DIB entries of the day: Lollie and Lily Yeats03 April 2019
As part of the current RIA lunchtime series ‘Sisters’, Dr Lucy Collins delivered her lecture '"Who will ever say again that poetry does not pay?": The Yeats Sisters and the Cuala Press ' at Academy House.
To accompany that event here are the Dictionary of Irish Biography’s entries on the sisters Elizabeth (Lollie) and Susan (Lily) by Nicholas Allen.
The 'Sisters' lecture series celebrates the lives and achievements of five families of sisters who have made their mark on Irish life, and continues throughout April.
Elizabeth Corbet (‘Lollie’) Yeats (1868–1940), publisher and painter, was born 11 March 1868 at 23 Fitzroy Road, London, daughter of John Butler Yeats, painter, and Susan Yeats (née Pollexfen). She stayed in Merville, Sligo, at the home of her grandfather William Pollexfen, from July 1872 till November 1874, when her family moved to 14 Edith Villas, West Kensington, London. She and her siblings, William Butler Yeats, Jack Yeats, and Susan Yeats, were in the care of a governess, Martha Jowitt, for three years from 1876 and moved to a larger house in Bedford Park, Chiswick, in 1878. Settled in Howth, Co. Dublin (1881), she was enrolled with Susan Yeats in Dublin's Metropolitan School of Art in 1883 and took classes at the RDS. She started to write fiction when the family moved (1886) to Eardley Crescent, South Kensington, London, and published a home-made magazine, The Pleiades, with six friends, contributing ‘Story without a plot’ to the Christmas 1888 issue. She also published ‘Scamp and three friends’ in The Vegetarian. Resident throughout the 1890s in London at 3 Blenheim Road, Bedford Park, she trained as a kindergarten teacher at the Froebel College in Bedford (Bedfordshire), taking teaching practice at the Bedford Park High School. On finishing training (1892), she taught as a visiting art mistress at the Froebel Society, Chiswick High School, and the Central Foundation School. She earned a good income from her lectures and the publication of four popular painting manuals: Brushwork (1896), Brushwork studies of flowers, fruits and animals (1898), Brushwork copy book (1899), and Elementary brushwork studies (1900).
She returned to Ireland in 1902 to set up the Dun Emer Guild with Susan Yeats and Evelyn Gleeson. Working from a house that Gleeson bought for the project, she ran the guild's printing division with a press acquired from a provincial newspaper. Printing began in 1903 and Dun Emer's first book was W. B. Yeats's In the seven woods (1903). She was a gifted printer, but her costings were not always suitable to the quality of work that she produced, with the result that the press (like the guild) was often in financial jeopardy. Eleven books appeared under the Dun Emer imprint, produced from a first-floor room decorated with pastels by George Russell. She clashed with her brother William over his directions as literary editor, and disliked Evelyn Gleeson. She travelled to New York to advertise her products in October 1906 but returned in late November and published Dun Emer's last book, William's Discoveries (1907). She and Susan separated from the Dun Emer Guild to form the Cuala Industries in 1908; Elizabeth controlled the press while her sister ran the embroidery section. Cuala continued to be a family strain throughout its existence, and John Butler Yeats had to reprimand his son William for sending obnoxious letters to his sisters on the subject. But it produced magnificent books: W. B. Yeats's The green helmet and other poems (1910) and a series of Broadsides (published 1908–15, with illustrations from Jack Yeats). Suffering ill health in 1910, she stayed in Belfast for two summers (1911, 1912) with Olga Heyn. Initially a moderate nationalist, she became sympathetic to republicanism after the 1916 Easter rising, publishing Thomas MacDonagh's last and inspiring address (1917). With Susan, she was made member of the library committee of the Sinn Féin run Dundrum rural council in 1920. A good saleswoman, she had important patrons in the Aberdeen and Cadbury families.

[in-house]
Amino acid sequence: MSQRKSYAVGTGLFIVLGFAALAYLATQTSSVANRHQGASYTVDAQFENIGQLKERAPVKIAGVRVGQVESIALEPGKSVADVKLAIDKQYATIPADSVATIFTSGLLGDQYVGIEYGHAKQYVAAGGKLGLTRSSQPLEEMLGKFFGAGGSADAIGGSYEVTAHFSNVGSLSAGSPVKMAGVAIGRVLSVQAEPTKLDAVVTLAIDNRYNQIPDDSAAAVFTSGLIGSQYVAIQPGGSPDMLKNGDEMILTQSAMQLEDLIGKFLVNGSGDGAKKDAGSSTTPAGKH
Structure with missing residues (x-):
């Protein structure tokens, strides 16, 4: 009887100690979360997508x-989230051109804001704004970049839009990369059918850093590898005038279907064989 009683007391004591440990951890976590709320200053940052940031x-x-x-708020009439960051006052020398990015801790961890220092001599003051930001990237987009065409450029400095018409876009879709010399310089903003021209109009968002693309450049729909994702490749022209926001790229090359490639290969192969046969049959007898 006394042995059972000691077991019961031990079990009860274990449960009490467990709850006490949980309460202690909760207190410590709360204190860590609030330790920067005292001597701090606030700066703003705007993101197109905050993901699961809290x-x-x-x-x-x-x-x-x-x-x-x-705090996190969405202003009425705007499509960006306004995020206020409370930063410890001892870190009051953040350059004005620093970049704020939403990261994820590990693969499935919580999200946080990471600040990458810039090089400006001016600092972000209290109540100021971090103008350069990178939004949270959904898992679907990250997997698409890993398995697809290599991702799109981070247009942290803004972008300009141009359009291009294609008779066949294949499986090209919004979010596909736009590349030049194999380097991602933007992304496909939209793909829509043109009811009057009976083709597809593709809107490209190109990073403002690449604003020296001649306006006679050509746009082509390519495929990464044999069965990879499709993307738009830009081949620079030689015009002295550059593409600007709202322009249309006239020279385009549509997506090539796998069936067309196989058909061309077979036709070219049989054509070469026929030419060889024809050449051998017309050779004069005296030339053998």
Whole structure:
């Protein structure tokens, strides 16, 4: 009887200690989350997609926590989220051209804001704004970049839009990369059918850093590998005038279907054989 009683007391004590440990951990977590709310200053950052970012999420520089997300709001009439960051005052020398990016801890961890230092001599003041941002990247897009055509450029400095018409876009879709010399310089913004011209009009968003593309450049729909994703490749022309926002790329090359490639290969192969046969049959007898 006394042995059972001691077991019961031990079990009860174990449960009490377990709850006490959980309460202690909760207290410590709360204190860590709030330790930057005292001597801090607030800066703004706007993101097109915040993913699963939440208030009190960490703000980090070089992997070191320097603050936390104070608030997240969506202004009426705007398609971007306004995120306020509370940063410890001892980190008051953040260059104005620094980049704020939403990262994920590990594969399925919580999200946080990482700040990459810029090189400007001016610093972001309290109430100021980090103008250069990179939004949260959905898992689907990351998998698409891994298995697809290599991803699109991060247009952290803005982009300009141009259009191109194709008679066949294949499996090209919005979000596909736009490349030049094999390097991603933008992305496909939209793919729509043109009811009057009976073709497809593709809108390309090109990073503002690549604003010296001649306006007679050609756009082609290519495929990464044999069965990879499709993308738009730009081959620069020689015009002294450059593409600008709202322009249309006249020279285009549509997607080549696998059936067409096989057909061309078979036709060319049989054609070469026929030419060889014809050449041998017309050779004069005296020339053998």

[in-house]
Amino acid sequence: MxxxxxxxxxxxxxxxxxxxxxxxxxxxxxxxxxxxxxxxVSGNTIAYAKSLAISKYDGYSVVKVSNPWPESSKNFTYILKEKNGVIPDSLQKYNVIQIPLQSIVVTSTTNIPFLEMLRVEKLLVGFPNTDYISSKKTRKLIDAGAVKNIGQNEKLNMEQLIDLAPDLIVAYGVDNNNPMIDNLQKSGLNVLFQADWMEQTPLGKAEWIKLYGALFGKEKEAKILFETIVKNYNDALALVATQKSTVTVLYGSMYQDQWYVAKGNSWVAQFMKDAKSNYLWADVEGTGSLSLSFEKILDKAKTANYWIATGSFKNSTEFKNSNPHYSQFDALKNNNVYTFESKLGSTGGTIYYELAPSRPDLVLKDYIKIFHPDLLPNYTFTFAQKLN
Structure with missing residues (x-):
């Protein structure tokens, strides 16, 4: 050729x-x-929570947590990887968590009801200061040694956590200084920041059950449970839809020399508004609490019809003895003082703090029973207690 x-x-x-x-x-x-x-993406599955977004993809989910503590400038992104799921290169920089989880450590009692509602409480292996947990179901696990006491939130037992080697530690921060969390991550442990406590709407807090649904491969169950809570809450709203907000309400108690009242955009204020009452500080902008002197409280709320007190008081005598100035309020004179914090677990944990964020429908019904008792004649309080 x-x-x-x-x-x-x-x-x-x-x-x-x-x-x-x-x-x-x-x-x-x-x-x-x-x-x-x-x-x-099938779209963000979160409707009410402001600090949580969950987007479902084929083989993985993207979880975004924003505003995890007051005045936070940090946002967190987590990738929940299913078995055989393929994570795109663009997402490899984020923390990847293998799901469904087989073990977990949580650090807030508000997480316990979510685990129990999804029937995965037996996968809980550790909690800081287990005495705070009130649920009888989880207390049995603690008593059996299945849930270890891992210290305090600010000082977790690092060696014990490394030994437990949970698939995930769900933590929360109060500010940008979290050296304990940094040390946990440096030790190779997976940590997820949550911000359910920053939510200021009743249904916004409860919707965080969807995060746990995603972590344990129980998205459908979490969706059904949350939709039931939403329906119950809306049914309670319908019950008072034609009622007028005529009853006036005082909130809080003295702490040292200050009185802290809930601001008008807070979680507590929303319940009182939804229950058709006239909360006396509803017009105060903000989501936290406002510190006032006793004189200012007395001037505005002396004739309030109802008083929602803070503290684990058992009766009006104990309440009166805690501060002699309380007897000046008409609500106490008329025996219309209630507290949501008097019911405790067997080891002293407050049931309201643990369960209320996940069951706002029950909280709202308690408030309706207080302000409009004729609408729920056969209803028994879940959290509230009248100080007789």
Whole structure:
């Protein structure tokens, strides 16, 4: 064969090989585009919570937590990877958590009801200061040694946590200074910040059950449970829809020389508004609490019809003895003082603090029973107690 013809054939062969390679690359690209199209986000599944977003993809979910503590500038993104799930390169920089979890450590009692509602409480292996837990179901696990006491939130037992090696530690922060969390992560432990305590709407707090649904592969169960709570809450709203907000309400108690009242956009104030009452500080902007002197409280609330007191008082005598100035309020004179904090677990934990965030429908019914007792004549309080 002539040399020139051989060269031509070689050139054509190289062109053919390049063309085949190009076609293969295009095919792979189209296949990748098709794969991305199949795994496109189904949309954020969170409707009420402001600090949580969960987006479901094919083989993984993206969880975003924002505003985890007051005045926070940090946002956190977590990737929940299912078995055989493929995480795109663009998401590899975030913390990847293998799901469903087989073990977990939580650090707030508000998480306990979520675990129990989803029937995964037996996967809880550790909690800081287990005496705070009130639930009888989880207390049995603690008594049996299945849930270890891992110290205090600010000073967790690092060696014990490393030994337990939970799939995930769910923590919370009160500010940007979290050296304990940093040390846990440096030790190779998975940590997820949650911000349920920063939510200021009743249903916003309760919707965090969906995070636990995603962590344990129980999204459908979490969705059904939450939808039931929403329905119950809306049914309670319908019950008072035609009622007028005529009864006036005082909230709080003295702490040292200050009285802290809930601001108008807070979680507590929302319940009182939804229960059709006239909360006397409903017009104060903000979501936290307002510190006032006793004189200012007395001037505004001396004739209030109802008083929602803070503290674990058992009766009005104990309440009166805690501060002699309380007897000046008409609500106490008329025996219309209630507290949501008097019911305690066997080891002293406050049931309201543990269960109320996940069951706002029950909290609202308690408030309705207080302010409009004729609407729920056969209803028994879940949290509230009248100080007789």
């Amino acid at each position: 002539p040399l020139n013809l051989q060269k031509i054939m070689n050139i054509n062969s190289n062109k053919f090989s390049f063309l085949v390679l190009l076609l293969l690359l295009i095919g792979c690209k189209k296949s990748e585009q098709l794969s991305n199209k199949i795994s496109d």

Depressed at the death of her father (February 1922), she moved the Cuala press to the basement of W. B. Yeats's house at 82 Merrion Square in 1923. In February 1925 Cuala Industries moved to 133 Lower Baggot St., Dublin, where it remained till her death. Notable works published included W. B. Yeats's The bounty of Sweden (1925), and The wild bird's nest (1935) by Frank O'Connor. Suffering from high blood-pressure throughout the 1930s, she had financial trouble in 1938 as the shares in her possession that covered Cuala's bank overdraft greatly lost value. She had complained of chest pains and light-headedness for years; these were misdiagnosed as neurasthenia in 1916. Treated for angina in 1938, she died of heart failure on 16 January 1940 in a Dublin nursing home. She is buried with her sister Susan in the Old Churchyard, Churchtown, Dublin.